The Item Descriptor data element provides a detailed description of the item purchased, as provided by the Merchant.
The Item Product/Genre Code data element provides a categorization of the item being purchased, as defined by the Merchant.
The Item Unit Of Measure data element provides the unit of measurement of the item quantities, for example “tracks” (of music) “hours and minutes” (of game-play).
The Item Product Quantity data element defines the amount of item purchased, according to the Item Unit Of Measure.
The Item Discount Indicator data element defines the presence or absence of a discount on the purchased item, as defined by the Merchant.
The Item Discount Rate data element defines the rate at which the item is discounted, as defined by the Merchant.
The Item Coupon Identifier data element provides the code of a coupon redeemed during the purchase of the item.
In order to illustrate how a dual-payment single-card enablement system according to the present invention can interact with existing commerce participants of the background art, reference is made to
Funding of the payer's account inside pre-paid card processing computer platform 155 is handled by the transfer of funds from the bank of the payer or from the payer's parents or tutors if the payer is a minor (not shown), via ACH network 45 of the background art and data communication protocol 365. Once access to funds has been ascertained by the pre-paid card processing computer platform, online micro-purchases can take place at merchant 310 of digital products via data communication protocol 350. It is assumed here that merchant 310 is unable to verify the identity of payer by itself, and delegates the authentication of the payer via his/her Personal Computer 305 to module 830 of the dual-payment single-card enablement computer system 800 via data communication protocol 835. It is also assumed that merchant 310 already accepts micro-payment brand 345, therefore, dual-payment single-card enablement computer system 800 includes intermediary micro-payment computer server 340 to handle the required compatibility with acceptance brand 345 via data communication protocol 350. Each micro-payment is communicated to pre-paid processing computer platform 310 via data communication protocol 810 to ensure that proper decrementing of available funds takes place with each purchase. As the operator of pre-paid computer platform 310 and interchange network 25 may require that micro-purchases be visible via protocol 355 in spite of the fact that such micro-purchases take place via separate data communication protocol 350, interchange compliance module 840 can trigger a macro-transaction via protocol 845 towards an acquirer 35, where data elements in the macro-transaction represent a cumulative number of micro-purchases having taken place individually through data communication protocol 350. Such constructed macro-transaction will come back to the pre-paid platform 310 via interchange network 25, as any other macro-transaction of the background art.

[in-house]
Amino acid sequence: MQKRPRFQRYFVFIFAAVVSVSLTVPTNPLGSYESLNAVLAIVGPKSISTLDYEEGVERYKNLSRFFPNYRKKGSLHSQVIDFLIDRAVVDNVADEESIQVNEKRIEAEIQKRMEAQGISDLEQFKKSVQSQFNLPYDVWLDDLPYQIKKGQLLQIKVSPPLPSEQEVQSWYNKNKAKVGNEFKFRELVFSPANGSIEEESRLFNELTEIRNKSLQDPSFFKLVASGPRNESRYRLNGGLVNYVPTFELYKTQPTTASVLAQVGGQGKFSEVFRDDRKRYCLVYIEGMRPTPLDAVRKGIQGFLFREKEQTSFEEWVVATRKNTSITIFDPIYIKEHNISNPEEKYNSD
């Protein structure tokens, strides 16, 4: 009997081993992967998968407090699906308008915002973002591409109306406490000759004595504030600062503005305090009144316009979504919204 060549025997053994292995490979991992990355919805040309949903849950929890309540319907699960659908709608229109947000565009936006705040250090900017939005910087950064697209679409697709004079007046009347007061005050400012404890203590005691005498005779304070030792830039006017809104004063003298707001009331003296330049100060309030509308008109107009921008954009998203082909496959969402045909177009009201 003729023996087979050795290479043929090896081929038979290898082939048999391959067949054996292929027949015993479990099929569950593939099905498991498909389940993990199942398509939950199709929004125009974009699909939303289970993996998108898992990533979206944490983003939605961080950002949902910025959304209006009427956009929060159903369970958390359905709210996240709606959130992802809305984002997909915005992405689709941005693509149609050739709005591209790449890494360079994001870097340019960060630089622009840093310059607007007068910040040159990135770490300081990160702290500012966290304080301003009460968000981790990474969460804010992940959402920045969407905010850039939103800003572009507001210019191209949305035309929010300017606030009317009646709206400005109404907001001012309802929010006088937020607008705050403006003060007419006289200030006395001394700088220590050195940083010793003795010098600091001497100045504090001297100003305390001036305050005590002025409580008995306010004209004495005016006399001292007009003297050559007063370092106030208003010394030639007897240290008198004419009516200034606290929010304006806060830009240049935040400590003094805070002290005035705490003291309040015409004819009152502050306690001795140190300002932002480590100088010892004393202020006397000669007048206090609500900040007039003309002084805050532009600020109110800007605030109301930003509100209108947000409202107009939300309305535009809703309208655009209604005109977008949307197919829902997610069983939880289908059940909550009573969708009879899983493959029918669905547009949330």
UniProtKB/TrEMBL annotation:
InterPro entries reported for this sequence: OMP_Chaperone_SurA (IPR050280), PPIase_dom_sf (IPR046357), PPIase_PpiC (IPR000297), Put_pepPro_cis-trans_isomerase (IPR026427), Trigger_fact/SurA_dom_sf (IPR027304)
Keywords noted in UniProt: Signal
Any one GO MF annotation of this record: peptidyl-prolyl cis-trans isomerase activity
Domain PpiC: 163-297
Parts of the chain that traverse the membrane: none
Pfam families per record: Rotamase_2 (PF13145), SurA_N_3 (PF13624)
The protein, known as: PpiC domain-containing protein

Reference is made to
Reference is made to
In step 924, the system passes the micro-transaction for further authorization by Card Processing Computer Platform of
In step 925, the system verifies the result of the authorization and either passes the resulting denial in step 930 or the resulting approval in step 926 back to the merchant POS.
While the invention has been described with respect to a limited number of embodiments, it will be appreciated by persons skilled in the art that the present invention is not limited by what has been particularly shown and described herein. Rather the scope of the present invention includes both combinations and sub-combinations of the various features described herein, as well as variations and modifications which would occur to persons skilled in the art upon reading the specification and which are not in the prior art.
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|U.S. Classification||235/380, 705/44|
|International Classification||G06K5/00, G06Q40/00|
|Cooperative Classification||G06Q20/29, G06Q20/40, G06Q20/20|
|European Classification||G06Q20/20, G06Q20/40, G06Q20/29|
|Sep 20, 2006||AS||Assignment|
Owner name: PLASTYC INC., NEW YORK
Free format text: ASSIGNMENT OF ASSIGNORS INTEREST;ASSIGNOR:GUILLOT, CARLES;REEL/FRAME:018340/0500
Effective date: 20060919